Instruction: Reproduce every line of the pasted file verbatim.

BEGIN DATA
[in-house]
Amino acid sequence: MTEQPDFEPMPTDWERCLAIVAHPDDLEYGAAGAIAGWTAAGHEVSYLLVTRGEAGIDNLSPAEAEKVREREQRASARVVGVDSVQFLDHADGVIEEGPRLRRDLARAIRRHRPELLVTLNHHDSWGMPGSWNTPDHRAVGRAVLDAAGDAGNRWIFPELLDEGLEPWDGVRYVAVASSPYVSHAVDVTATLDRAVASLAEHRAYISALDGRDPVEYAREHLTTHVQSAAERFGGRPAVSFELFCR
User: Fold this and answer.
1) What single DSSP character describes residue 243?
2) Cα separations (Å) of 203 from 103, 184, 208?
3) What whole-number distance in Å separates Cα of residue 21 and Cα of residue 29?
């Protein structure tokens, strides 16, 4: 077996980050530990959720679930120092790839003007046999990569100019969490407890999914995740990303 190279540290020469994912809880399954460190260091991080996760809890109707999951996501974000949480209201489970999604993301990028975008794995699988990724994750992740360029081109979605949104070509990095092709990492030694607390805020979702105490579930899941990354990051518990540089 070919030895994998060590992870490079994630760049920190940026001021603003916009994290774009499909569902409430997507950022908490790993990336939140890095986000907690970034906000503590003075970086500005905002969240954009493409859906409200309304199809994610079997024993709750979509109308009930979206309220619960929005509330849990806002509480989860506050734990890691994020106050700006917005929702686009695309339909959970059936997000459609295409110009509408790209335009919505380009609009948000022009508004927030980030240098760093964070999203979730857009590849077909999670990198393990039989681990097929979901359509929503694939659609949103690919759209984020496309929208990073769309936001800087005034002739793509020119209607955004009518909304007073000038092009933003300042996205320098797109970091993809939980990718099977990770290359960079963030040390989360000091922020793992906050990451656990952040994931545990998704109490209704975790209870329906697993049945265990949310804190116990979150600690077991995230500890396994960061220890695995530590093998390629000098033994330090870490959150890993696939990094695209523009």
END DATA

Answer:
[in-house]
Amino acid sequence: MTEQPDFEPMPTDWERCLAIVAHPDDLEYGAAGAIAGWTAAGHEVSYLLVTRGEAGIDNLSPAEAEKVREREQRASARVVGVDSVQFLDHADGVIEEGPRLRRDLARAIRRHRPELLVTLNHHDSWGMPGSWNTPDHRAVGRAVLDAAGDAGNRWIFPELLDEGLEPWDGVRYVAVASSPYVSHAVDVTATLDRAVASLAEHRAYISALDGRDPVEYAREHLTTHVQSAAERFGGRPAVSFELFCR
User: Fold this and answer.
1) What single DSSP character describes residue 243?
2) Cα separations (Å) of 203 from 103, 184, 208?
3) What whole-number distance in Å separates Cα of residue 21 and Cα of residue 29?
């Protein structure tokens, strides 16, 4: 077996980050530990959720679930120092790839003007046999990569100019969490407890999914995740990303 190279540290020469994912809880399954460190260091991080996760809890109707999951996501974000949480209201489970999604993301990028975008794995699988990724994750992740360029081109979605949104070509990095092709990492030694607390805020979702105490579930899941990354990051518990540089 070919030895994998060590992870490079994630760049920190940026001021603003916009994290774009499909569902409430997507950022908490790993990336939140890095986000907690970034906000503590003075970086500005905002969240954009493409859906409200309304199809994610079997024993709750979509109308009930979206309220619960929005509330849990806002509480989860506050734990890691994020106050700006917005929702686009695309339909959970059936997000459609295409110009509408790209335009919505380009609009948000022009508004927030980030240098760093964070999203979730857009590849077909999670990198393990039989681990097929979901359509929503694939659609949103690919759209984020496309929208990073769309936001800087005034002739793509020119209607955004009518909304007073000038092009933003300042996205320098797109970091993809939980990718099977990770290359960079963030040390989360000091922020793992906050990451656990952040994931545990998704109490209704975790209870329906697993049945265990949310804190116990979150600690077991995230500890396994960061220890695995530590093998390629000098033994330090870490959150890993696939990094695209523009």